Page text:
This would tackle cases such as that of Molly Russell, the British teenager who took her own life in 2017 and whose family subsequently discovered that she had been repeatedly auto-recommended graphic self-harm and suicide content on social media platforms like Instagram and Pinterest.

Upholding terms, conditions, and community guidelines

The Code makes services accountable for how well they uphold their community guidelines/user behaviour rules, and establishes this as a fundamental precondition of ‘fairness’ under GDPR. In other words, if you don’t provide children with the environment you say you will, the processing of data can’t be ‘fair’ or ‘transparent’.

‘When children provide you with their personal data in order to join or access your service they should be able to expect the service to operate in the way that you say it will, and for you to do what you say you are going to do. If this doesn’t happen then your collection of their personal data may be unfair and in breach of Article 5(1)(a).’

5Rights Foundation proposed a similar ‘regulatory backstop for community guidelines’ in its January 2019 report Towards an Internet Safety Strategy. The report suggested that the measure ‘would allow companies the freedom to set their own rules as they wish, but routine failure to adhere to their own published rules would be subject to enforcement notices and penalties.’ The Code has effectively introduced this arrangement, making it clear that companies must say what they do, do what they say, or face the consequences.

Nudge techniques

‘Do not use nudge techniques to lead or encourage children to provide unnecessary personal data or weaken or turn off their privacy protections’.

The Code’s provision on the use of ‘nudge techniques’ has been a long time coming. In 2018, 5Rights published the report Disrupted Childhood: The Cost of Persuasive Design, which exposed the use of behavioural science and psychological theory to manipulate children into giving up more of their data, including by extending their time online. In addition to our report, the Center for Humane Technology, the Norwegian Consumer Council, the Australian Competition and Consumer Commission, and even the US Senate have all taken aim at the techniques used by online services to nudge children users towards decisions and outcomes that serve commercial interests over users’ interests.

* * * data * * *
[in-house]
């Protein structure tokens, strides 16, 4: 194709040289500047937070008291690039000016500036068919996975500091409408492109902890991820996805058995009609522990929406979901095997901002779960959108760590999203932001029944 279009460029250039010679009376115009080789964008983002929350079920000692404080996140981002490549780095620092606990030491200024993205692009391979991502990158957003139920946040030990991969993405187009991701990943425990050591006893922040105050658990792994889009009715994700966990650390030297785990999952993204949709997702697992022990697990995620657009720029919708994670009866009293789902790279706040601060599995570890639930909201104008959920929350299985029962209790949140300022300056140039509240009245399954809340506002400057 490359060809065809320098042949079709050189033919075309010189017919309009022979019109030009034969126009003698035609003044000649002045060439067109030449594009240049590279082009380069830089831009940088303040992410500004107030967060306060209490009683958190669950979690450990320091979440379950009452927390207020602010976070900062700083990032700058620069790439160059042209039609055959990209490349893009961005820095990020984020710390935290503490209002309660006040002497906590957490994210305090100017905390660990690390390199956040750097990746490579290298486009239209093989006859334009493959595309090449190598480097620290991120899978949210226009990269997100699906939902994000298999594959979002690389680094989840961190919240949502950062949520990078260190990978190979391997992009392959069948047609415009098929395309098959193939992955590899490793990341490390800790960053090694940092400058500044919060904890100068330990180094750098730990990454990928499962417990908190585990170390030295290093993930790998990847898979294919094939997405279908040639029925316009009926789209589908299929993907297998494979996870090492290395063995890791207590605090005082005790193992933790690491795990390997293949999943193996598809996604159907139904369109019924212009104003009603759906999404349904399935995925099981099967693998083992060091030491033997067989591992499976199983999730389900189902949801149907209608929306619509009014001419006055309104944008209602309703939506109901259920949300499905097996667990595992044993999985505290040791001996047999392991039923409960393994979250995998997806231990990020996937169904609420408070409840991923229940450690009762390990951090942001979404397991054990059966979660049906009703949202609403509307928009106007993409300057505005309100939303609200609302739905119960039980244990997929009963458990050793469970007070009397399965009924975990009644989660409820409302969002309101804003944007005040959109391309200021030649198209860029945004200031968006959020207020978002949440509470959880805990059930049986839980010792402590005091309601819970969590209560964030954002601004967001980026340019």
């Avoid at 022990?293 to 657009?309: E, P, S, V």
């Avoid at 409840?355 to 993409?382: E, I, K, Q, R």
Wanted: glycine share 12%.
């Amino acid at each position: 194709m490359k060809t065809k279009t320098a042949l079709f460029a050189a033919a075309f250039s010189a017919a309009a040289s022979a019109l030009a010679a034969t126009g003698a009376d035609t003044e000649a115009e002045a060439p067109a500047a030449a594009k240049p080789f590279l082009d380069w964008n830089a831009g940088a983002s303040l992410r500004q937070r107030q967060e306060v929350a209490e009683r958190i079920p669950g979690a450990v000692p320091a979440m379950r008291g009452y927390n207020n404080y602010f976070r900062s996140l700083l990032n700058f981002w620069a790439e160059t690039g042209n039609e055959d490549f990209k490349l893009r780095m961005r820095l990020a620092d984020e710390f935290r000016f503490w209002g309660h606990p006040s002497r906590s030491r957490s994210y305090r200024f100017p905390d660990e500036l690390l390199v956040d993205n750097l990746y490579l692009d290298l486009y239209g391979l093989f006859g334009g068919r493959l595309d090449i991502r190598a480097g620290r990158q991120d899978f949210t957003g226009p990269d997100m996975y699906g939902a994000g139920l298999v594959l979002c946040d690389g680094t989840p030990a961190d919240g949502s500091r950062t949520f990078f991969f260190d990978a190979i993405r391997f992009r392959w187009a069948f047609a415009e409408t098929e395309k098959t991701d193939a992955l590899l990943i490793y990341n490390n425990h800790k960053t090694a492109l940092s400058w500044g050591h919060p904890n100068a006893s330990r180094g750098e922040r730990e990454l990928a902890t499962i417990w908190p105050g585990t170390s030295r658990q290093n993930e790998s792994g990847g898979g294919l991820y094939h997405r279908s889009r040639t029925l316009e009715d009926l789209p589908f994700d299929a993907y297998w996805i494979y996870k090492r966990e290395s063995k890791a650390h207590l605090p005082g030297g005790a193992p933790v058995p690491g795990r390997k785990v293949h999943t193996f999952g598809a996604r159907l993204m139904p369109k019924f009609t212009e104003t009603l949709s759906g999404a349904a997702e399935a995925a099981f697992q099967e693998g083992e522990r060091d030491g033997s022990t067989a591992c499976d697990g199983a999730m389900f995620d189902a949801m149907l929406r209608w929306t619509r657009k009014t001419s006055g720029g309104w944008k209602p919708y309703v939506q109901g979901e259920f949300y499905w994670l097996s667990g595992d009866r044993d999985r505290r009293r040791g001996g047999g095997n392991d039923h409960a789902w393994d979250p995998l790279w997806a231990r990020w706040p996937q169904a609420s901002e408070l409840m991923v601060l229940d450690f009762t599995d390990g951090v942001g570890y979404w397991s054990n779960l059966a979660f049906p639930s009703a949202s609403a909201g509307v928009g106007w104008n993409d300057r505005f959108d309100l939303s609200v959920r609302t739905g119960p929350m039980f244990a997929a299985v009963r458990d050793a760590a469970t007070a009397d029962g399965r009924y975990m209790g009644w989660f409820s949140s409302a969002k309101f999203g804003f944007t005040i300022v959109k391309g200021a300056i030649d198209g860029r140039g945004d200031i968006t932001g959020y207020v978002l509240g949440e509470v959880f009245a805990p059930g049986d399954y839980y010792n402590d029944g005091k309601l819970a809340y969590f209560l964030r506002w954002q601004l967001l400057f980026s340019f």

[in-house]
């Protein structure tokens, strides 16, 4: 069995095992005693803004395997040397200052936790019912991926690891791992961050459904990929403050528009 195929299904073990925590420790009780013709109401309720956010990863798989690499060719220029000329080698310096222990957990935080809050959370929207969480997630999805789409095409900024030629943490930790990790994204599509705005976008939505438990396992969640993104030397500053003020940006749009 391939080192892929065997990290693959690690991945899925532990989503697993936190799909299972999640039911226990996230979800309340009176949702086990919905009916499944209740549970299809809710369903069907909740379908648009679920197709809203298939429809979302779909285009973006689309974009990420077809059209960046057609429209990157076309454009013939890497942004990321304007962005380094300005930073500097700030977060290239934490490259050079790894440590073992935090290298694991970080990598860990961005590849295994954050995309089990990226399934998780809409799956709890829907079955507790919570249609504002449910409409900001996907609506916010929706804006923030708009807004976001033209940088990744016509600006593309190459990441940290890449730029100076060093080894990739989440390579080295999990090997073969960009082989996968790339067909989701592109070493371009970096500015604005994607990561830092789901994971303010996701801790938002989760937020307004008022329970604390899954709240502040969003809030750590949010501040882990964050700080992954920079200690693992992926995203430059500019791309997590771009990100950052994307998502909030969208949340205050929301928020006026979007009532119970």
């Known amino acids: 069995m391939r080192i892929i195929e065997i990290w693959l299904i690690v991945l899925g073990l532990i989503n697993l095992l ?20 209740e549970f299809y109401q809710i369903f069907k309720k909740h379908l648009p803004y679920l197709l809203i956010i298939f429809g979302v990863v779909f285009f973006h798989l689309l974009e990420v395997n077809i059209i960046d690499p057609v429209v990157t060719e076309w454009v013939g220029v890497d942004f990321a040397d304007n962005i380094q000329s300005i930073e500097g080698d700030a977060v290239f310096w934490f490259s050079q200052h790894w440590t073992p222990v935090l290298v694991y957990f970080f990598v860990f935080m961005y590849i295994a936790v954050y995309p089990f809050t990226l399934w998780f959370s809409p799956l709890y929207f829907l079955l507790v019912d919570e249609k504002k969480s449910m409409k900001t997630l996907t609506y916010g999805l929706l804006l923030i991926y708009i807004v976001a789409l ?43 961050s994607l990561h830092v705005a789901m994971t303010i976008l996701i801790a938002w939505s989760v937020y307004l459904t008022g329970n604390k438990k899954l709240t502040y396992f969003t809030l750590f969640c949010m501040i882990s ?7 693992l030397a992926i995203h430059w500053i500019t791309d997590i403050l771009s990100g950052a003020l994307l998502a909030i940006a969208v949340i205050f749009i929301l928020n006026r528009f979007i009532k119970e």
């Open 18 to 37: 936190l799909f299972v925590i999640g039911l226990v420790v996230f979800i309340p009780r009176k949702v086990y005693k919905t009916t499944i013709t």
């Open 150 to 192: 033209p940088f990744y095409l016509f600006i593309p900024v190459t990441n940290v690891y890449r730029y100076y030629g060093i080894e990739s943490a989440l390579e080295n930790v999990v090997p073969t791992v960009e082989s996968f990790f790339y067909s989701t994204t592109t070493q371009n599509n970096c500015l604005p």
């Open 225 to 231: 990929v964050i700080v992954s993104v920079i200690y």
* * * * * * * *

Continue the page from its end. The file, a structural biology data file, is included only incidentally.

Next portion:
Now, for the first time anywhere in the world, there is regulation that says ‘no’ to the manipulation of children in this way. This includes nudge techniques that might lead children to lie about their age when signing up to online services, and the Code goes even further in recommending that nudges be used positively instead, to support children’s privacy.

Final word: a new deal between children and the tech sector

Taken together, these provisions represent a sea-change in the way children and young people are treated in the digital environment. There will inevitably be areas of the Code that require clarification, re-interpretation, and even revision. The Information Commissioner must take care that start-ups and SMEs are not disproportionately impacted, and equally that children’s access to the digital environment is not unduly restricted. These are issues that all regulation must contend with, however, and with over a year until the Code takes effect, none of them are insurmountable.